It's heavy and it could have been solved by having PCA's with basal dosing along with the demand dosing- to heck with prn pushes that the RN has to do- that defeats the purpose of a PCA.
    I agree with that!!!!!
  6. by   Danycejw2006
    That is a heavy load. I have heard of 7:1 on med-surg nights but I don't know about trauma units. Normally the highest is 6:1. So 7 is still pretty heavy.
  7. by   PedsED-RN
    I know how you are feeling. I am on an Ortho/Neuro unit, usually 5-6 patients during the day shift, sometimes 7 ( I have never had the joy of that yet). I have been there since August, (new grad), and sometimes wonder how the others do it. We have mostly surgical patients, some med/surg overflow. PCAs or PRN pain meds constantly, dressing changes, etc.

    My first day off orientation and on my own I had the worst 6 patients possible, even for a seasoned nurse. Included a crani with a CSF drain in his forehead, he was in wrist restraints, with TPN in a single lumen portacath, and tons of IVP's and IVPB. So, everytime I had to disconnect the TPN and flush, admin, flush, re-hook TPN. MD's didn't want a periph. line, (understandable, but a pain).
    I was stuck in that room the majority of the time, plus trying to keep up with 5 others, 3 were in contact isolation, (C-diff, so poopin all day too), everyone had multiple IVPB meds, etc.
    I never thought I would make it through the day. It usually isn't TOO bad now, I have settled into a flow. I still wonder if acuity is taken into account at all though.
    It is one thing to be busy, but SAFETY is my concern. How can appropriate care be given when the whole day is spent tasking? Days like that one I am unable to anticipate what may happen next, let alone be prepared for it.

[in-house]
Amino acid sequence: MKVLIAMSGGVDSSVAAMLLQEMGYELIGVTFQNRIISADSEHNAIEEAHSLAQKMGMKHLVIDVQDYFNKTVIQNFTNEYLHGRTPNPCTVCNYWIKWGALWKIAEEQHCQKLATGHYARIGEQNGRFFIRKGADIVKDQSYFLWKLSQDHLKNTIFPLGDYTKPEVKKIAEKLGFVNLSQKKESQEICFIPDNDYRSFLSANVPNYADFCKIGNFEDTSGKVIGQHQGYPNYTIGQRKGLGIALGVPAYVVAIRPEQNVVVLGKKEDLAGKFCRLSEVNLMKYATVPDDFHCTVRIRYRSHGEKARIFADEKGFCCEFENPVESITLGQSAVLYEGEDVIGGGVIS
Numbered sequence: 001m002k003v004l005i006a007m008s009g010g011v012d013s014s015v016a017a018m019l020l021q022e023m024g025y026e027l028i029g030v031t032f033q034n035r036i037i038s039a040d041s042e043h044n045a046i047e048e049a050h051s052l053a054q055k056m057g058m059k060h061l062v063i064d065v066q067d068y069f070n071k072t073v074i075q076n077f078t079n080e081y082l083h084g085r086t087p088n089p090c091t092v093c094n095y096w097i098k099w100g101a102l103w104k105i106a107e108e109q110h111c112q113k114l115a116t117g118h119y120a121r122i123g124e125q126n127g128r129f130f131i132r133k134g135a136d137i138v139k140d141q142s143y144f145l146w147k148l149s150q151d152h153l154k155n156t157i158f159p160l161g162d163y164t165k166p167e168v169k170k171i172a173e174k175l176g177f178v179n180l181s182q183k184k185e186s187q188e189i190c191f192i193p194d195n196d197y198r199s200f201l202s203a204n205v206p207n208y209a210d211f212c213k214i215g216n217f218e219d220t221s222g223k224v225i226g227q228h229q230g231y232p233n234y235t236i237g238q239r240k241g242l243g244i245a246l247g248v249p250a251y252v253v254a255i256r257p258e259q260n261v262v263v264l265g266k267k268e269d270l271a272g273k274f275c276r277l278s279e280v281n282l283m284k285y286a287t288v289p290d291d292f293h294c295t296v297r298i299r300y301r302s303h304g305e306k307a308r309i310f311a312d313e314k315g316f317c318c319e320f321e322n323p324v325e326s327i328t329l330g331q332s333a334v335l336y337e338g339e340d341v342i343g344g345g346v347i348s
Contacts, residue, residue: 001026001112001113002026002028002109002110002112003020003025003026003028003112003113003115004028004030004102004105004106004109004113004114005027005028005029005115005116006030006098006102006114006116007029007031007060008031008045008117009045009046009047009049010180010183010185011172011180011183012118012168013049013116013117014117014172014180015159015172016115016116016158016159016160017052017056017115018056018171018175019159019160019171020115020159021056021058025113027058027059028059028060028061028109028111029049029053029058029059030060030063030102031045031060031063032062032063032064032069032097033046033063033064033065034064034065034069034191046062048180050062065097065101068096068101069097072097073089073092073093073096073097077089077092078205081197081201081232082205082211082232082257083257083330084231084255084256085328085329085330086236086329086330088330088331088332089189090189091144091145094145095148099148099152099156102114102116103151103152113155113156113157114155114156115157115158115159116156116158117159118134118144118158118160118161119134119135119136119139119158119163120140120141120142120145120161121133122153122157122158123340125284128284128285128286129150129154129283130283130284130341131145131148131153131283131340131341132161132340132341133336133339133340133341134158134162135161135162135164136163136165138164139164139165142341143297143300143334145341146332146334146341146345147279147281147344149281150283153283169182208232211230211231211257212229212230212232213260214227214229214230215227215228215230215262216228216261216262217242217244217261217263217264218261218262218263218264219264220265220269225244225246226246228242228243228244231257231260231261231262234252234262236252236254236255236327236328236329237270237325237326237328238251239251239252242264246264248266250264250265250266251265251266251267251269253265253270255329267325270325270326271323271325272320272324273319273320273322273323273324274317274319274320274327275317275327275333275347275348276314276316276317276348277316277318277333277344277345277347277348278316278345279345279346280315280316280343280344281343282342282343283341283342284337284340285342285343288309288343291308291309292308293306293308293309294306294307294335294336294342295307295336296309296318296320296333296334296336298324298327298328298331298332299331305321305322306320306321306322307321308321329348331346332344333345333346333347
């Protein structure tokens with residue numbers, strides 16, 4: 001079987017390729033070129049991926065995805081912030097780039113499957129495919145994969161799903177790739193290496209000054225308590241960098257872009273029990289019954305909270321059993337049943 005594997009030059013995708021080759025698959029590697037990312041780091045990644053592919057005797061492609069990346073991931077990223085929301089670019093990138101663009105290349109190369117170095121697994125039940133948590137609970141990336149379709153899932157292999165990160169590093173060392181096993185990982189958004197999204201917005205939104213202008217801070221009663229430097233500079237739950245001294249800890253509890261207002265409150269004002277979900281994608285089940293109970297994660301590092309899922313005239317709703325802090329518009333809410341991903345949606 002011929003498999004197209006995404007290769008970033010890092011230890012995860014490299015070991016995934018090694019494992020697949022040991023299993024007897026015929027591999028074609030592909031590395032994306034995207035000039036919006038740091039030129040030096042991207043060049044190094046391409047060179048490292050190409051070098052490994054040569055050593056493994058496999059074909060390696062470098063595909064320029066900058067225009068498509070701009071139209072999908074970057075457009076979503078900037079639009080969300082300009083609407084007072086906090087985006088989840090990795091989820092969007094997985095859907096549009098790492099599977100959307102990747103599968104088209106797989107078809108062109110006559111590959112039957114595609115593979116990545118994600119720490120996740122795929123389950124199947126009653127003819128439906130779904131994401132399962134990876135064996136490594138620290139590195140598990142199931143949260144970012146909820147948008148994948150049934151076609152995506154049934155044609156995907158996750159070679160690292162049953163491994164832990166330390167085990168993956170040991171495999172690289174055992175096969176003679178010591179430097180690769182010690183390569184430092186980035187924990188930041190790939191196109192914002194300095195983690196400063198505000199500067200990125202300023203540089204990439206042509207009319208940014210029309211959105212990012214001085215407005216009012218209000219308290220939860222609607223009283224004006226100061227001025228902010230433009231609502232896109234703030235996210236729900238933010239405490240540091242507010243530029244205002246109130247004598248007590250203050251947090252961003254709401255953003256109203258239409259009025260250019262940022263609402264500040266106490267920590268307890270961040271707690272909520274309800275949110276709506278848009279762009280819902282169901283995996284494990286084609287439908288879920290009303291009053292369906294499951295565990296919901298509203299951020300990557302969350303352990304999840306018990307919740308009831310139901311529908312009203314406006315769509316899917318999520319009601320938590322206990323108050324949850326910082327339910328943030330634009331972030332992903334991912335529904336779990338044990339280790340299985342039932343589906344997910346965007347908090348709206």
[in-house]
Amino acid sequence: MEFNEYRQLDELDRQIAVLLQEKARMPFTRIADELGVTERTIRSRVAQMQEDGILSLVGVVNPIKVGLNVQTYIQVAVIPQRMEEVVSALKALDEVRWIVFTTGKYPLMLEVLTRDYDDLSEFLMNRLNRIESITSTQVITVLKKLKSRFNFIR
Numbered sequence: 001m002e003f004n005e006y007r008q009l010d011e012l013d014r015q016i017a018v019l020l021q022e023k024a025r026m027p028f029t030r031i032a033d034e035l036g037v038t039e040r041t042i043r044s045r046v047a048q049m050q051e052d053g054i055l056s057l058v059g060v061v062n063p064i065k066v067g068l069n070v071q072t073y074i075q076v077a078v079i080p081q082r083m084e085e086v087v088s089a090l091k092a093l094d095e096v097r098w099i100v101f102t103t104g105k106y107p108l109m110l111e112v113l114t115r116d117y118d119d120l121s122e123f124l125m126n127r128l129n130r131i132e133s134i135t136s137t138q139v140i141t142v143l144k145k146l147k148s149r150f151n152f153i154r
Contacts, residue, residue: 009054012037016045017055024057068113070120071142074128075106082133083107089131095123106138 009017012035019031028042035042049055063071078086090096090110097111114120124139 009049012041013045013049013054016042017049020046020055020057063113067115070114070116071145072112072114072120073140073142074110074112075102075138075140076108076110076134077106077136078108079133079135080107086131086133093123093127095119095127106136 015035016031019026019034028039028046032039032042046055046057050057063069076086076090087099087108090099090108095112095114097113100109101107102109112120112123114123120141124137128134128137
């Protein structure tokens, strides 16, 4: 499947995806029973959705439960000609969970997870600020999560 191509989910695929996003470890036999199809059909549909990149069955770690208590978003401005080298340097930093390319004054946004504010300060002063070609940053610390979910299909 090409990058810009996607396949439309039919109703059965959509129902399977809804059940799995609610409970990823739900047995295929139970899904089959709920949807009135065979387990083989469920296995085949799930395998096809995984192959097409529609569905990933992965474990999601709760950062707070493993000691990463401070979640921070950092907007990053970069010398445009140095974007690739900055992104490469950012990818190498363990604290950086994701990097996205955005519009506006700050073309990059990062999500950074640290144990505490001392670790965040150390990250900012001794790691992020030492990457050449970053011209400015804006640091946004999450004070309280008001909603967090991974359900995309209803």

I tell myself it is just because I am new, but other nurses tell me it is just plain crappy some days, and that is that. ?????
    Needless to say, not the place I plan to stay forever, but I am definately getting my feet wet! I am keeping my eyes open already, since I have no specified time commitment, plus there are other issues on our unit that I won't get into.

    Hang in there, just remember that everyday ends at some point, and the next one is bound to be somewhat better than the last!
    Good luck!
  8. by   Stepher Gale
    I had a very bad night on Tuesday. Had eight patients & started the night running. Had two patients on PCA's, one patinent wanting pain med q 2hrs on the hour. Two of the getting out of bed and alarms going off, and one of my patients stroked out in the early morning, and I didn't even catch it. I had given the patient 10mg of Ambien at about 2130, and the patient was out! I feel so bad because I watch my patient's like a hawk, but I overlooked the signs because I thought it was the Ambien. I am really starting to rethink this career choice working in the hospital at nights. However, the work load sounds very simliar to mine.
  9. by   joeld311
    Maybe they are just really confident in your abilities!

    Joel

    Quote from AddyRN07
    I work a weekend shift - Sat night and Sun night. I am an new grad and have been working for 5 months now. My patient load is 7 (usually I start with 6 and get an admit in the middle of the night). I work a trauma floor and there is a lot going on. This past weekend my 7 patients broke down like this -